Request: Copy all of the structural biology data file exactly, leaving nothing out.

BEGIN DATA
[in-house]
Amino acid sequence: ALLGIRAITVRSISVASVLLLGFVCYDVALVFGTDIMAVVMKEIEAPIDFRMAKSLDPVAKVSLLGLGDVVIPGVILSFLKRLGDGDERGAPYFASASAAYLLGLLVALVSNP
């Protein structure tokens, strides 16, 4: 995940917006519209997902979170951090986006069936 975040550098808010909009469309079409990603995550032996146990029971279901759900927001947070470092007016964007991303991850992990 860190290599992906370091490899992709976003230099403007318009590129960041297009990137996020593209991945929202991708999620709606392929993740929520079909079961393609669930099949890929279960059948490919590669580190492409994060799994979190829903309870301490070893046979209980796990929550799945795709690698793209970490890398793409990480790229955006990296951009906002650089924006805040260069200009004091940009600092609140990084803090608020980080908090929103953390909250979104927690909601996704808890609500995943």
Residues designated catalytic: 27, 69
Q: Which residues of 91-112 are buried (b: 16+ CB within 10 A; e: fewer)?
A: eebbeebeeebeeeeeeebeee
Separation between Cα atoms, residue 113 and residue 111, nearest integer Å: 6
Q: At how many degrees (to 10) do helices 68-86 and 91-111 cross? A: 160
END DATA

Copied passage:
[in-house]
Amino acid sequence: ALLGIRAITVRSISVASVLLLGFVCYDVALVFGTDIMAVVMKEIEAPIDFRMAKSLDPVAKVSLLGLGDVVIPGVILSFLKRLGDGDERGAPYFASASAAYLLGLLVALVSNP
């Protein structure tokens, strides 16, 4: 995940917006519209997902979170951090986006069936 975040550098808010909009469309079409990603995550032996146990029971279901759900927001947070470092007016964007991303991850992990 860190290599992906370091490899992709976003230099403007318009590129960041297009990137996020593209991945929202991708999620709606392929993740929520079909079961393609669930099949890929279960059948490919590669580190492409994060799994979190829903309870301490070893046979209980796990929550799945795709690698793209970490890398793409990480790229955006990296951009906002650089924006805040260069200009004091940009600092609140990084803090608020980080908090929103953390909250979104927690909601996704808890609500995943």
Residues designated catalytic: 27, 69
Q: Which residues of 91-112 are buried (b: 16+ CB within 10 A; e: fewer)?
A: eebbeebeeebeeeeeeebeee
Separation between Cα atoms, residue 113 and residue 111, nearest integer Å: 6
Q: At how many degrees (to 10) do helices 68-86 and 91-111 cross? A: 160